Davao Writers Workshop 2016: Learning Once More

Nonfiction by | January 22, 2017

November 30, 2016 was a holiday commemorating Andres Bonifacio’s heroism as usual, but for me, it seemed as if I went to my first day of class in a bigger classroom. That was the day I took off my hat as a teacher and put on the uniform of a student again for five humbling days.

The Davao Writers Workshop (DWW) 2016 served as my fast-paced, short course in Creative Writing. Everything happened in a snap from the time I submitted my manuscript with high hopes (as if I were submitting my school requirements) until the time I received the acceptance e-mail. Reading “Congratulations” really took me to Cloud Nine, as if I had won a prize. In fact, they said I had won a “fellowship.” At that point I wasn’t quite sure what it meant, but I told myself, This is it! I am ready to learn again.

Bringing along my backpack, I went to our “classroom,” The Big House: A Heritage Home in Juna Subdivision. When I finally met my “classmates” for that workshop, I realized they were fourteen diverse people coming from different parts of Mindanao.  Most of them were college students and two fellow teachers, Deejay Maravilla from Dapitan and Jet Paclar from Cagayan de Oro. Just like me, they also set aside their red pens and they were eager to learn from the pros. Despite our diversity of culture, age, and gender, it did not hinder me from relating to them and building rapport especially with my roommates, Krizza Udal and Emmylou Layog who were both senior college students. We were the only females in the group. It reminded me that learning and teaching is indeed a cycle–I may be a teacher by profession but during the workshop, we were all students.

The most interesting part of our workshop was the meet-and-greet with our mentors. It was exhilarating to rub elbows with Mindanawon writers who have gained their place as award-winning and published authors: Macario Tiu, Timothy Montes, Dom Cimafranca, Nino de Veyra, Errol Merquita, John Bengan, and Jhoanna Cruz. But it was also important to get to know the younger writers like Darylle Rubino, Nassefh Macla, and Gracielle Tubera. We began each day with craft lectures by each of the regular panelists to hone our skills in different literary genres, then it was followed by the discussion of the works of the fellows aimed at showing the novice writer how to improve. It seemed like every detail of the workshop discussions challenged what I knew about writing. What appealed to me the most were world building and the uses of time and space in fiction. Every day at the workshop revived my first love, literary writing, which I had twice denied before—when I chose to pursue news writing in 2007, then when I shifted to teaching in 2013.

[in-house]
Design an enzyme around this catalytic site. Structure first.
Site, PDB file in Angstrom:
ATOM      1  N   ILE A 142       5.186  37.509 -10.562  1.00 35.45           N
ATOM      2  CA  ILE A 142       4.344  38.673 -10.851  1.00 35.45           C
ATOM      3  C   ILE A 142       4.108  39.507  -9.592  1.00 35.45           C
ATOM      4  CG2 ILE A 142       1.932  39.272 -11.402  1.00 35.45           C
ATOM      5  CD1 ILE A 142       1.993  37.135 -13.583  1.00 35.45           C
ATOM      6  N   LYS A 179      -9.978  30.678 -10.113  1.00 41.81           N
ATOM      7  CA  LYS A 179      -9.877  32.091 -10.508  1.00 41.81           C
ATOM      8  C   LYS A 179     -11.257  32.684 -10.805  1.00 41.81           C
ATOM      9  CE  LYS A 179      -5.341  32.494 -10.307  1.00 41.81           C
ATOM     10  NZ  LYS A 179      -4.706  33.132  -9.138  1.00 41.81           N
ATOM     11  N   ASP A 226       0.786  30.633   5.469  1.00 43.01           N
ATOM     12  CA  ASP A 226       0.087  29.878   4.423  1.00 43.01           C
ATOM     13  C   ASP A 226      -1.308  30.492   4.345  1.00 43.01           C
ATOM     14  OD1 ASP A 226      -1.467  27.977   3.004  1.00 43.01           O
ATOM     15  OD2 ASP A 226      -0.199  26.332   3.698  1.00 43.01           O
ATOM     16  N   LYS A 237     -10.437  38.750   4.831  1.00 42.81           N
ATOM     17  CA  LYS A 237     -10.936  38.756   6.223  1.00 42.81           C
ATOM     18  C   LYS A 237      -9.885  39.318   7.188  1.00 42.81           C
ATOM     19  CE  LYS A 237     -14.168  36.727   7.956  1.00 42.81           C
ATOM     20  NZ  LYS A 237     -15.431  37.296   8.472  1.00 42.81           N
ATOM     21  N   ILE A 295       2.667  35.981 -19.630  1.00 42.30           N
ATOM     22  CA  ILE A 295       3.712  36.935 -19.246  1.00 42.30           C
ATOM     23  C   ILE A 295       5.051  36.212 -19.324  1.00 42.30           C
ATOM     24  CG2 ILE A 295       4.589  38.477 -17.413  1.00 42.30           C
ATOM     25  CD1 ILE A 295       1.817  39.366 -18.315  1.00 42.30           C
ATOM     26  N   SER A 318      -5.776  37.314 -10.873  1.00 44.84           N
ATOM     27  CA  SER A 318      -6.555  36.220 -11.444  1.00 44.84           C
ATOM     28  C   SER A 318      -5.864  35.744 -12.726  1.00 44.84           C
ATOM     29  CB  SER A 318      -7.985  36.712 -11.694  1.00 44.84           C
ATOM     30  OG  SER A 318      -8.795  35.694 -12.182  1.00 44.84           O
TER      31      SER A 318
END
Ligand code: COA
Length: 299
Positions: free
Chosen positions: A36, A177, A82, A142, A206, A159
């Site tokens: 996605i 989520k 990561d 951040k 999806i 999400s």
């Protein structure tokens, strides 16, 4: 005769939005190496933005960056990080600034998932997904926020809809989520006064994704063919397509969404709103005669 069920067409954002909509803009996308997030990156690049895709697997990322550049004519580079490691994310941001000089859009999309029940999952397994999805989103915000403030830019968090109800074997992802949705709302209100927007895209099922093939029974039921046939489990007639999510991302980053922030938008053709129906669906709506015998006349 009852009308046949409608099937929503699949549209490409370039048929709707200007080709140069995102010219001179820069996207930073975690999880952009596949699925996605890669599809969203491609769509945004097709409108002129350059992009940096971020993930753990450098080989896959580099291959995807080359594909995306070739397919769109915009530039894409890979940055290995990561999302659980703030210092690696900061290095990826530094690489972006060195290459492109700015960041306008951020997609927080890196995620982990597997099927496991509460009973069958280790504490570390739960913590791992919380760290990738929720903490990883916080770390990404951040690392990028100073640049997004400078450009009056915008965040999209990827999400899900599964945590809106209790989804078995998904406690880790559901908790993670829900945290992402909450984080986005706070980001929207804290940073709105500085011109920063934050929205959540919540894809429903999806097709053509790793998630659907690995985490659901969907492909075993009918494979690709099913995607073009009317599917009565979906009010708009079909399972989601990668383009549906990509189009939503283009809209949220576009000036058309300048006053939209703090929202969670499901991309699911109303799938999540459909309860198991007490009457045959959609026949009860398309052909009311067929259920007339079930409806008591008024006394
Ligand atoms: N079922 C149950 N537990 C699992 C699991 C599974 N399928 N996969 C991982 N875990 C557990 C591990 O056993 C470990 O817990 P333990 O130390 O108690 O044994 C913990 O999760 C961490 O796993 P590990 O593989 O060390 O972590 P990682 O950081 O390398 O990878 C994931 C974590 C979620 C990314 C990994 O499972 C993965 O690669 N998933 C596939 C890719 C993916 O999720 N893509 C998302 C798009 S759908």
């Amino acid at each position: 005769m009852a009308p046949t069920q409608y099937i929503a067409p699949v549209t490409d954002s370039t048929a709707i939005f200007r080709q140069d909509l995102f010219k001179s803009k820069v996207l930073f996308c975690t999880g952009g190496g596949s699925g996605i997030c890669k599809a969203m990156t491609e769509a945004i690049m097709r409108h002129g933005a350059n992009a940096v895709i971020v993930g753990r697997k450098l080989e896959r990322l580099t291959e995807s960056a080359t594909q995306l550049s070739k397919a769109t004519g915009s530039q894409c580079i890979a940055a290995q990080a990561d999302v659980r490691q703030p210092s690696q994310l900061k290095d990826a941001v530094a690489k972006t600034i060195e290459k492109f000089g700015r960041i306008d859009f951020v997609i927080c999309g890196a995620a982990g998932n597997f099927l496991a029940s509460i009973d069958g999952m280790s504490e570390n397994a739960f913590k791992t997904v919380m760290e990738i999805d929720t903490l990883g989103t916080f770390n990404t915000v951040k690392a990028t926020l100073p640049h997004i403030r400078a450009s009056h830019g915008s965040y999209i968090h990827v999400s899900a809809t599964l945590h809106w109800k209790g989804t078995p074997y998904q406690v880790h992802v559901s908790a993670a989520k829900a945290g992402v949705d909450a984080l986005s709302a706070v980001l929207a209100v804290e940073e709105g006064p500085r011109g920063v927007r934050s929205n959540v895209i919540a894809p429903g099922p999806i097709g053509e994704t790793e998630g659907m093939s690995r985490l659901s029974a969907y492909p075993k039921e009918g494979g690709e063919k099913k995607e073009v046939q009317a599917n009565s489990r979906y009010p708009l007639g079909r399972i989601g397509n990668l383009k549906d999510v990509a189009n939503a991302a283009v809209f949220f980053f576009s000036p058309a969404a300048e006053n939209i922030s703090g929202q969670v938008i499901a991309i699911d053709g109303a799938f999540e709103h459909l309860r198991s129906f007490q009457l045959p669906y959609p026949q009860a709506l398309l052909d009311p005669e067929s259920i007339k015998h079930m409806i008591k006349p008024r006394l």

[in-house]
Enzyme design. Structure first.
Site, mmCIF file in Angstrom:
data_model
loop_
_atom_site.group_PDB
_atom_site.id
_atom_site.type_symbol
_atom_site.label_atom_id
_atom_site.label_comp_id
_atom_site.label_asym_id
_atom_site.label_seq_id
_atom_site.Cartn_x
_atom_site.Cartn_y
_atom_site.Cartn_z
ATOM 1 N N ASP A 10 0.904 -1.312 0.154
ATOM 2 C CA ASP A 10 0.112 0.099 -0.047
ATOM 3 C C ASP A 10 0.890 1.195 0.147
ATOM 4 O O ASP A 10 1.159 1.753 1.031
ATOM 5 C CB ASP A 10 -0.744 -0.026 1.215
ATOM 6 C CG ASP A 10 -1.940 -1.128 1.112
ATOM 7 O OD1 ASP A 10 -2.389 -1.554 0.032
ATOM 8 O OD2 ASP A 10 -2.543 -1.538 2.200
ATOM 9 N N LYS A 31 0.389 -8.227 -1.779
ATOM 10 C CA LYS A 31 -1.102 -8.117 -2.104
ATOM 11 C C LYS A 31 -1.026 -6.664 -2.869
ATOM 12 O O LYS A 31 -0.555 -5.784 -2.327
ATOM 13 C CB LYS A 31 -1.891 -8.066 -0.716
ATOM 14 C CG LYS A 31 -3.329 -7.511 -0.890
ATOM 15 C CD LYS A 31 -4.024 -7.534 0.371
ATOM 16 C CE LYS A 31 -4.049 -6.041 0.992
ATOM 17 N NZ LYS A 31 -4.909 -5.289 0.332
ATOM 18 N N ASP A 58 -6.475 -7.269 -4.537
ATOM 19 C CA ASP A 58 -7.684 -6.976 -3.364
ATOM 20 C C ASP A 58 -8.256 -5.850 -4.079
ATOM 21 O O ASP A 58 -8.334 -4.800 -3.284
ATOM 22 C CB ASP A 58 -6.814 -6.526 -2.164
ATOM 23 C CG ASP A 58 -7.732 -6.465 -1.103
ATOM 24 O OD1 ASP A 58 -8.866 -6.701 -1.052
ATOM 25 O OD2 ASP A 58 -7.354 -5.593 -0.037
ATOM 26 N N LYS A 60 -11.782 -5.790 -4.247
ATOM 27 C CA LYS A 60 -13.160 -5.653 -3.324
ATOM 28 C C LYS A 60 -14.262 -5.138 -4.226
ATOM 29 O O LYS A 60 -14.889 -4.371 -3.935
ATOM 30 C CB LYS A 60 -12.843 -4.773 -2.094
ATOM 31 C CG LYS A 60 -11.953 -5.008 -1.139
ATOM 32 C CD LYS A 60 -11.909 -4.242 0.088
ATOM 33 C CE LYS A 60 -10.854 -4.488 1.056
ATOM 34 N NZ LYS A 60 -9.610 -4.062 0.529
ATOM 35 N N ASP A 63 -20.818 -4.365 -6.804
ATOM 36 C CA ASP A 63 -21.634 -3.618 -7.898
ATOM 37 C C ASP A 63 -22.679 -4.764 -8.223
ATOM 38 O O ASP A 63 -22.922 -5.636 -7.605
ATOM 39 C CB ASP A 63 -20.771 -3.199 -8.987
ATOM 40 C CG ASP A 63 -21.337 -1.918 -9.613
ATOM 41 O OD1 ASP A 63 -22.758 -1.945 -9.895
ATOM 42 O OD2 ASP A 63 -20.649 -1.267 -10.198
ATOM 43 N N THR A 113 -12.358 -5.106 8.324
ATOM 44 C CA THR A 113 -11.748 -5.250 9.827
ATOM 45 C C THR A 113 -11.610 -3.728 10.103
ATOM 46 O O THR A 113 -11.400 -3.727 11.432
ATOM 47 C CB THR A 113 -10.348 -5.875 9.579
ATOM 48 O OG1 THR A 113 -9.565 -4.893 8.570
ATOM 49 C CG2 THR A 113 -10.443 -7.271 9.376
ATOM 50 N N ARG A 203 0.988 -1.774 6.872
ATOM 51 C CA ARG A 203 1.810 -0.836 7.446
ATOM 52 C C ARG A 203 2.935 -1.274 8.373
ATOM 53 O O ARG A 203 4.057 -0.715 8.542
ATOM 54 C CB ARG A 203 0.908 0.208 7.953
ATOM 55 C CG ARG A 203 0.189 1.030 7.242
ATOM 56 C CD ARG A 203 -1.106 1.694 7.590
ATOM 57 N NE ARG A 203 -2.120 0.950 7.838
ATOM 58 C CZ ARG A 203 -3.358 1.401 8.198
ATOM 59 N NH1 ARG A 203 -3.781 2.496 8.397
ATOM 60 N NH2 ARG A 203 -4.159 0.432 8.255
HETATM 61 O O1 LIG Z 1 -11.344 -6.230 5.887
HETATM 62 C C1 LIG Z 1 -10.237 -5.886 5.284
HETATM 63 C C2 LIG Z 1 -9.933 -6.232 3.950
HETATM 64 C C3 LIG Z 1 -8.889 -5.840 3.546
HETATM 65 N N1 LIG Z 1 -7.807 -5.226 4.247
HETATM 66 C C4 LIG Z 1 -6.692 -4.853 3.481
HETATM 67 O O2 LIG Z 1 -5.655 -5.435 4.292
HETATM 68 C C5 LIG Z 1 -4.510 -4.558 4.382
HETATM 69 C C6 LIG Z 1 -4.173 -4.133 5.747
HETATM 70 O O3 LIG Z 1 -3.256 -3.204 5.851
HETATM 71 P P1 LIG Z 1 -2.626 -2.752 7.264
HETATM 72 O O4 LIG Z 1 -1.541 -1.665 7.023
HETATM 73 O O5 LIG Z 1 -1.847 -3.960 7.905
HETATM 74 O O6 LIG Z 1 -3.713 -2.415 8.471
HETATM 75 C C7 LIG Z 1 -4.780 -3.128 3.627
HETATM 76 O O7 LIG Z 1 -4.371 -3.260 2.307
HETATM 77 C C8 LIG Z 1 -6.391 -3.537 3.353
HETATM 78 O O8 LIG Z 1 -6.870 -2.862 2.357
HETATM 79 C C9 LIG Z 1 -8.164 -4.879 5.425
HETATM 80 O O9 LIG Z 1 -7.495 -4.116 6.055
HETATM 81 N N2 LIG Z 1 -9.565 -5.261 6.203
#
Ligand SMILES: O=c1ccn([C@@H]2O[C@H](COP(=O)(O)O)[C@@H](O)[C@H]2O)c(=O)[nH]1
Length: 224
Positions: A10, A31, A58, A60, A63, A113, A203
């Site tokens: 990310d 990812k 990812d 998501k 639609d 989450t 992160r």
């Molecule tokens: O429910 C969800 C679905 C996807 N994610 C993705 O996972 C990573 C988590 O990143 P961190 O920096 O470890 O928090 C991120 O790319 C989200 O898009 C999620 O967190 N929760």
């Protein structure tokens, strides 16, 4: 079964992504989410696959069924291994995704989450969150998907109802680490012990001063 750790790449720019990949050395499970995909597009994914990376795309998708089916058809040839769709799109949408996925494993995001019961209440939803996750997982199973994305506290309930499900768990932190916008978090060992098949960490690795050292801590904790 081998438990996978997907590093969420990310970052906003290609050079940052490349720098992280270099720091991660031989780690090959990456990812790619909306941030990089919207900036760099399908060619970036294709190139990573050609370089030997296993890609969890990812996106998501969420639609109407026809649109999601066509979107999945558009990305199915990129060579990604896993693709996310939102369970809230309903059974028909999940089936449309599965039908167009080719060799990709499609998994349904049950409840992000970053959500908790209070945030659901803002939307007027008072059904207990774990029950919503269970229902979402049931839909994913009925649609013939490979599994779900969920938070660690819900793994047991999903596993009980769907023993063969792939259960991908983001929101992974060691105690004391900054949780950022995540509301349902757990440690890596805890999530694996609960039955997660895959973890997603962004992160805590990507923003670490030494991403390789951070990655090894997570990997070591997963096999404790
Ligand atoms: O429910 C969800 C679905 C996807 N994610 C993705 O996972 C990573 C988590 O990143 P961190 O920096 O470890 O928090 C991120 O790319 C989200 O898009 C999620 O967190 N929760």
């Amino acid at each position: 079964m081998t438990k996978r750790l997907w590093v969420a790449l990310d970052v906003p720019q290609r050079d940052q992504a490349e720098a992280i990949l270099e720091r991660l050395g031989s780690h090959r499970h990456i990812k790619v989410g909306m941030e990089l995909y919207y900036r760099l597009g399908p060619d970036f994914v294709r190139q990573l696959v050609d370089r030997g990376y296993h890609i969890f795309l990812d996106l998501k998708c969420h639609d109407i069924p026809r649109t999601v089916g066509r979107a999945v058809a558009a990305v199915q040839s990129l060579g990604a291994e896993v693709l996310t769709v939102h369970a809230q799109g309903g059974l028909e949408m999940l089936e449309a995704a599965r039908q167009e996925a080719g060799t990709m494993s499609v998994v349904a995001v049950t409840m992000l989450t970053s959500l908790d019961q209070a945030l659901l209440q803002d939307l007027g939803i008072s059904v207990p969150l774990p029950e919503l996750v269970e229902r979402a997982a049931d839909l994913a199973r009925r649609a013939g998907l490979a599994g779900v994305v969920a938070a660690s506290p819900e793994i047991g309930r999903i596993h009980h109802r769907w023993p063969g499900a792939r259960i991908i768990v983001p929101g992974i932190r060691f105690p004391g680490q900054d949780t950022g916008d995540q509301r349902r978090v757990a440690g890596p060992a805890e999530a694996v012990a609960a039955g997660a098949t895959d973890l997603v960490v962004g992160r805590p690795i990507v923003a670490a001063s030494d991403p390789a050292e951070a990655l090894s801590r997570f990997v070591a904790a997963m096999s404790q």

Yet, through the workshop, I developed new perspectives not only in writing but also in teaching.  I am currently teaching the first batch of Senior High School (SHS) and I am handling two core subjects: Reading and Writing and 21st Century Literature from the Philippines and the World. With what I gained from the workshop, I learned more teaching strategies apart from those stated in DepED’s Teacher Guide for SHS. Empowering my students to be critical thinkers starts by teaching them to become effective readers. As what my one of my co-fellows Dioprey Ebol commented, “Excellent siguro imong mga students, Ma’am kay teacher man ka nila.” As teachers, we can only teach and inspire, but not impose on them. However, the decision to excel still lies in our individual students.

On the second day of the workshop, my short story draft “Nagkukubling Paruparo” was discussed. I am not even fond of critiquing my students’ written works, but this time, the spotlight of criticism was on me. I liked the strategy of fellow-panelist commentaries before author-reveal because they were critiquing the work objectively without attaching it to the writer. Writing that first draft was challenging for me because I was more used to writing essays, but revising my draft takes that challenge further. It was my first time to write a story and it was humbling to listen to what I have yet to learn. But I do appreciate the efforts of the seasoned writers from the Davao Writers Guild who invested their time and resources in us. And that’s how I also envision my teaching career; it will be my continuous opportunity to pass the baton of mentoring young writers in my classes.

Fellowships like this give equal opportunities for students and professionals to unlearn what we have learned and take the challenge to keep writing our narratives as part of the Mindanawon community. As we bid farewell on the last day of our workshop, we said hello to a new challenge that our workshop director Jhoanna Lynn Cruz left us, “If you are not published in Dagmay, you are not a Mindanawon writer.”

Today, as I begin to write new drafts, I realize I am not only writing for myself nor for my students’ reading comprehension tests, but I am writing for the larger public. As a Davao Writers Workshop fellow, I accept the responsibilty of carrying on in my own writing goals, as well as acknowledge the camaraderie and community I share with my batch of fellow students.

Maritess A. Rulona has a degree in A.B. Mass Communications from the University of San Jose-Recoletos in Cebu. She is the Senior High Department Head of Proverbs Ville Christian School.

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